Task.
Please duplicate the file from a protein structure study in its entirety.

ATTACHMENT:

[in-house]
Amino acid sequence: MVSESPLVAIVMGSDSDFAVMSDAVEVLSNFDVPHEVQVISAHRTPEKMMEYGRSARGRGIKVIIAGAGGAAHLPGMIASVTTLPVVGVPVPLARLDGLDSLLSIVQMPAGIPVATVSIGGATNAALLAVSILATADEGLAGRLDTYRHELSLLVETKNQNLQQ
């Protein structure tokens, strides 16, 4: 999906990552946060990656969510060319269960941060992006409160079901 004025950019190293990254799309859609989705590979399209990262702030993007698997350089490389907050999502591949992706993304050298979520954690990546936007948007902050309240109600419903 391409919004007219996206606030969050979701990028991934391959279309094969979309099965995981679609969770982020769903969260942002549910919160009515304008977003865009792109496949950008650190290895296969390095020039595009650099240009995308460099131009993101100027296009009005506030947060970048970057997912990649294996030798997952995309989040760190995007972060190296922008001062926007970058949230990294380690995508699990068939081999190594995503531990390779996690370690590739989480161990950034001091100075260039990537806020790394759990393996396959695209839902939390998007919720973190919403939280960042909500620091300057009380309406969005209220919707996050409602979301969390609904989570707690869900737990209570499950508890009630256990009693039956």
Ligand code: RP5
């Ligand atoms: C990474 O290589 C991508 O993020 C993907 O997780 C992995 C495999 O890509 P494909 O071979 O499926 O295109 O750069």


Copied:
[in-house]
Amino acid sequence: MVSESPLVAIVMGSDSDFAVMSDAVEVLSNFDVPHEVQVISAHRTPEKMMEYGRSARGRGIKVIIAGAGGAAHLPGMIASVTTLPVVGVPVPLARLDGLDSLLSIVQMPAGIPVATVSIGGATNAALLAVSILATADEGLAGRLDTYRHELSLLVETKNQNLQQ
């Protein structure tokens, strides 16, 4: 999906990552946060990656969510060319269960941060992006409160079901 004025950019190293990254799309859609989705590979399209990262702030993007698997350089490389907050999502591949992706993304050298979520954690990546936007948007902050309240109600419903 391409919004007219996206606030969050979701990028991934391959279309094969979309099965995981679609969770982020769903969260942002549910919160009515304008977003865009792109496949950008650190290895296969390095020039595009650099240009995308460099131009993101100027296009009005506030947060970048970057997912990649294996030798997952995309989040760190995007972060190296922008001062926007970058949230990294380690995508699990068939081999190594995503531990390779996690370690590739989480161990950034001091100075260039990537806020790394759990393996396959695209839902939390998007919720973190919403939280960042909500620091300057009380309406969005209220919707996050409602979301969390609904989570707690869900737990209570499950508890009630256990009693039956």
Ligand code: RP5
């Ligand atoms: C990474 O290589 C991508 O993020 C993907 O997780 C992995 C495999 O890509 P494909 O071979 O499926 O295109 O750069």